Starting in March, United Inner City Services (UICS), the YMCA of Greater Kansas City and Emmanuel Family & Child Development Center led efforts to ensure parents and staff could receive COVID-19 vaccines.
“Due to COVID-19, our facility has not been able to operate at full capacity,” said Deborah Mann, executive director at Emmanuel Family & Child Development Center. “We want children back in the classrooms. When more people get vaccinated, we can have more children in the classroom. In the past year, if someone was exposed, we had to close down or reallocate resources. Vaccinations minimize the risk of exposure for everyone.”
Partnerships have played a critical role for all three organizations in their efforts to disseminate the vaccine. When Emmanuel Family & Child Development Center built its new facility, Mann created a permanent space for Swope Health Services. This space not only makes it easier for children to receive physical exams, but it also became a lifeline for parents, teachers and community members seeking vaccines.
Through an existing relationship with Heart to Heart International, Diedre Anderson, chief executive officer at UICS, made sure UICS Head Start families and staff had access to testing in 2020. Heart to Heart also provided personal protective equipment to reduce the spread of the virus that causes COVID-19. These public health efforts continued once vaccines were available to the public. UICS provided vaccination events for staff and parents in March and April.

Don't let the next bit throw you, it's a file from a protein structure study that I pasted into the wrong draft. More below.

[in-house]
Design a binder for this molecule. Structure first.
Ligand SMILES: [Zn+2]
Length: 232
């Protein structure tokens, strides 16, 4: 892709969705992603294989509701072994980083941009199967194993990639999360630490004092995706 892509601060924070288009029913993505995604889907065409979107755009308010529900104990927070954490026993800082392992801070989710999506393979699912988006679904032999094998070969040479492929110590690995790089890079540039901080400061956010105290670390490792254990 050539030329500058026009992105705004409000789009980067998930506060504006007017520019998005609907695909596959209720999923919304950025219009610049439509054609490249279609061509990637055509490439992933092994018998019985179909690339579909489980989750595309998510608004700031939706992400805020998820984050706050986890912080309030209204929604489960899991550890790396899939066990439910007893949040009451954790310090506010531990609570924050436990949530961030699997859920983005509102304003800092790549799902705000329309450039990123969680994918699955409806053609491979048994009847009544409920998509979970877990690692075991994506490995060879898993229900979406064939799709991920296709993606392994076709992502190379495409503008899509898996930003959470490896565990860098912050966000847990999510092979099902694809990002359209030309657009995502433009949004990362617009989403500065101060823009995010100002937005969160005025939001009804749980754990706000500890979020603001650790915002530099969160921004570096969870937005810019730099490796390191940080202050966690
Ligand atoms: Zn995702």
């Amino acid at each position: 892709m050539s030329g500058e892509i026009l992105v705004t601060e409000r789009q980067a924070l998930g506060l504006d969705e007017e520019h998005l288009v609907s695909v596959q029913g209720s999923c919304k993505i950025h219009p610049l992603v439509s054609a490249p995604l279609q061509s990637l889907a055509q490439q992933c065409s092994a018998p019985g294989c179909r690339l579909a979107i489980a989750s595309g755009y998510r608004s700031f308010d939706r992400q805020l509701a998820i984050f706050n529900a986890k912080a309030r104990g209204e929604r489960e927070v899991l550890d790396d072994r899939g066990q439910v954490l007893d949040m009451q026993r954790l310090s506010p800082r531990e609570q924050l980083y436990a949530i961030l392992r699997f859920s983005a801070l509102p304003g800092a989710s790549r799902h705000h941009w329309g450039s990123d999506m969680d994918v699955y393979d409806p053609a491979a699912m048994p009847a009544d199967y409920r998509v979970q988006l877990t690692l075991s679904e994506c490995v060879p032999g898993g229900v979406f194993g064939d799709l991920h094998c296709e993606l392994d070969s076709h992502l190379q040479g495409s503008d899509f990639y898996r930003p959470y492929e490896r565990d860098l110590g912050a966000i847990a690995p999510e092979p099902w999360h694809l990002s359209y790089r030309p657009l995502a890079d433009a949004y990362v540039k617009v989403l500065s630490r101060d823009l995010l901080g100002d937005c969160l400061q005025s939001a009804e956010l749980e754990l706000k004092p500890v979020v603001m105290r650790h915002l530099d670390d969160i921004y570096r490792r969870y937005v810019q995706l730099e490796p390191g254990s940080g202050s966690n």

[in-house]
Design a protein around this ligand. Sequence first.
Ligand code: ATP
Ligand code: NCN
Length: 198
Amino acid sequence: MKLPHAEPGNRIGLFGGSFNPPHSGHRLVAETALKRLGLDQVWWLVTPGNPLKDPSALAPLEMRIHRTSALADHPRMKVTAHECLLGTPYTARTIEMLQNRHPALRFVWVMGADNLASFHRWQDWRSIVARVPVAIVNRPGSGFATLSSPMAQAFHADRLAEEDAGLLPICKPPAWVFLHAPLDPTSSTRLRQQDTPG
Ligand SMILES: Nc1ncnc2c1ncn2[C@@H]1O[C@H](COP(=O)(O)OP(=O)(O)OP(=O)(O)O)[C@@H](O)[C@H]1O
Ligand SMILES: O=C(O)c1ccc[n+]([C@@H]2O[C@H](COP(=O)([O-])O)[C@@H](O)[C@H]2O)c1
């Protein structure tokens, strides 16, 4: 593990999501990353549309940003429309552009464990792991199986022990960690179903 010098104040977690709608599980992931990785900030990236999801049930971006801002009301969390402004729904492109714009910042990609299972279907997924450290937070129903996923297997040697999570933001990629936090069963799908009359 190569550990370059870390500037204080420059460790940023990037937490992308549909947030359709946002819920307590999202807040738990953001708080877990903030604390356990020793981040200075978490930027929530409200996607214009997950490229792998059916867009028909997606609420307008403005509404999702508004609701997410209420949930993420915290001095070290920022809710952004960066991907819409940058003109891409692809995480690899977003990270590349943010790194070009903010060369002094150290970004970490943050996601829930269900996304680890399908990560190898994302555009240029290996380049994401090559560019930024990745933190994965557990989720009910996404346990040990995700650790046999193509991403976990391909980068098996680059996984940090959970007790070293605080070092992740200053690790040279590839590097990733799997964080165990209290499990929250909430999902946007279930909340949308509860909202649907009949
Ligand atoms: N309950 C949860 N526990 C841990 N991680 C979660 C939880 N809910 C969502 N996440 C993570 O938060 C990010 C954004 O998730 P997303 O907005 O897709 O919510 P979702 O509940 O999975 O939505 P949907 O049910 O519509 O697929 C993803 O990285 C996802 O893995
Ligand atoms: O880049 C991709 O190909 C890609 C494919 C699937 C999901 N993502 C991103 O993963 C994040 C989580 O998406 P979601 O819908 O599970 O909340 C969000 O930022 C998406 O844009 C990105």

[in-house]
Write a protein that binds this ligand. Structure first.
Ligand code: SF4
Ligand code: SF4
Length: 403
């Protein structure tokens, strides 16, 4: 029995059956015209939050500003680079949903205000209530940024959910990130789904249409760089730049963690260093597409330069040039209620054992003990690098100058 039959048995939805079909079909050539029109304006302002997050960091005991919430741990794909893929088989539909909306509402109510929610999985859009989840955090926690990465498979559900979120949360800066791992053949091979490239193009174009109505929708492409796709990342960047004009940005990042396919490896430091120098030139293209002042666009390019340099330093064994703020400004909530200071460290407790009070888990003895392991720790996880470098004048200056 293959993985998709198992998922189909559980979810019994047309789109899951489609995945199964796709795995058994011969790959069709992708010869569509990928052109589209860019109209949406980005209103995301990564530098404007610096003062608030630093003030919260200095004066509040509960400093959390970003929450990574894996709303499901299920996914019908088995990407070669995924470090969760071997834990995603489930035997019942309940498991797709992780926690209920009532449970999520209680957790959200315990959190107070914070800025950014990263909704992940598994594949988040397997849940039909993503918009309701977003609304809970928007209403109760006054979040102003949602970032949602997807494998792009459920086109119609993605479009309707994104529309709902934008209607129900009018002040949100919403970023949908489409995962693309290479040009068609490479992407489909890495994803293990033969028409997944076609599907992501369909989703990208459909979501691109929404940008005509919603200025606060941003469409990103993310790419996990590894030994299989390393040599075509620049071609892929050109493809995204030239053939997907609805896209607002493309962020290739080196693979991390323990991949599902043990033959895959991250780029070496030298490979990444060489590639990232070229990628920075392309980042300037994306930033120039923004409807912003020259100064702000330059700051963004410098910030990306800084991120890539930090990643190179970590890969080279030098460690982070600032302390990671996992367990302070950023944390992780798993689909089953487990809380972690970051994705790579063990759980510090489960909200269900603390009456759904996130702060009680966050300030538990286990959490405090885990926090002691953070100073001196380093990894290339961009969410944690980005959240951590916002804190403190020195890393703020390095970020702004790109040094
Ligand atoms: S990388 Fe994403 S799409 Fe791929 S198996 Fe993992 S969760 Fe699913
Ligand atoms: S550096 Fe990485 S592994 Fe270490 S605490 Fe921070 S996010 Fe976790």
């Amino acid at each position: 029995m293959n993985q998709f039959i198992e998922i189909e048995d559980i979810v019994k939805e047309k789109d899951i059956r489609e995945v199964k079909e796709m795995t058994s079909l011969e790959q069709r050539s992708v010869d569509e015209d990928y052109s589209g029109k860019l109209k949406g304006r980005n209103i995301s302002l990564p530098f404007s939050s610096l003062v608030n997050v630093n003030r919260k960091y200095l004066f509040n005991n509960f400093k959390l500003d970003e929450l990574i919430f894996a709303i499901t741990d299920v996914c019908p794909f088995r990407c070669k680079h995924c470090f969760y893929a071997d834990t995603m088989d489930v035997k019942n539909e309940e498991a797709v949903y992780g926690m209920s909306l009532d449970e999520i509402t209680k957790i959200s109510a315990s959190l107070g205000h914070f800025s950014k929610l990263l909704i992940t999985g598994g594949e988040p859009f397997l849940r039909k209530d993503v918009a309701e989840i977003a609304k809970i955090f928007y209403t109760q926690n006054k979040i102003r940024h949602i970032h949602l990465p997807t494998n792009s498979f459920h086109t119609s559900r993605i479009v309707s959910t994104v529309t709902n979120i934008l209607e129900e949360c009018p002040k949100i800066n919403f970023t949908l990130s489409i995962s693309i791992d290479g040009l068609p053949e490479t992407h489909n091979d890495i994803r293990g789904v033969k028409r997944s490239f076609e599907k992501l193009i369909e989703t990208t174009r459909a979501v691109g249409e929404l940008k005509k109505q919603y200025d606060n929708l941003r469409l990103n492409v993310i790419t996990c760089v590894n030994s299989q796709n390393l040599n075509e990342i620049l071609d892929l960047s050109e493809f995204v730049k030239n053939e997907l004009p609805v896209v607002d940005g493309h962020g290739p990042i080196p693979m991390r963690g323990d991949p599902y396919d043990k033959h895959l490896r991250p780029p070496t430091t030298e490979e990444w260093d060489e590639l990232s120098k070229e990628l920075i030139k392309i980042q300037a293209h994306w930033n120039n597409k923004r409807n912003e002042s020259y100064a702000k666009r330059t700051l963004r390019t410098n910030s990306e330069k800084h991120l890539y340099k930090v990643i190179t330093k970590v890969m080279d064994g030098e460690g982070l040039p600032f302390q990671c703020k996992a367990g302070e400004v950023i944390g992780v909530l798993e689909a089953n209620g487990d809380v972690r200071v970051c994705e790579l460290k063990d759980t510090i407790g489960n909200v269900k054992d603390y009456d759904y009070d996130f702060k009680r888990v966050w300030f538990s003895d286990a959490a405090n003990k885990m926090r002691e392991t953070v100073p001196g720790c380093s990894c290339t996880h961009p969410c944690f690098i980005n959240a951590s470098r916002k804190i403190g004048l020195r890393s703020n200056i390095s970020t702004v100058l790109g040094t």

“Our mission is, ‘Building bridges. Inspiring minds. Impacting futures,’” said Mariah Roady, director of development at UICS. “In this past year, we’ve recognized how meaningful the aspect of impacting futures is for our students, families, and the greater community.”
The YMCA of Greater Kansas City established a partnership with the Kansas City, Missouri, Health Department and Walmart to help disseminate vaccines. In February and March, YMCA staff even called residents in specific ZIP codes to make sure older adults in low-income communities could access the vaccine. A major reason the YMCA has been so successful with vaccination dissemination is trust.
“People trust the Y. We aren’t just a gym or a pool. We provide multiple services to the community,” said Patty Lucas, vice president of Head Start at the YMCA of Greater Kansas City. “We’ve had a really positive response from staff, parents and our members. It has been convenient for them. We’ve had staff who could stop working, get vaccinated and return to work, all without having to take additional time off.”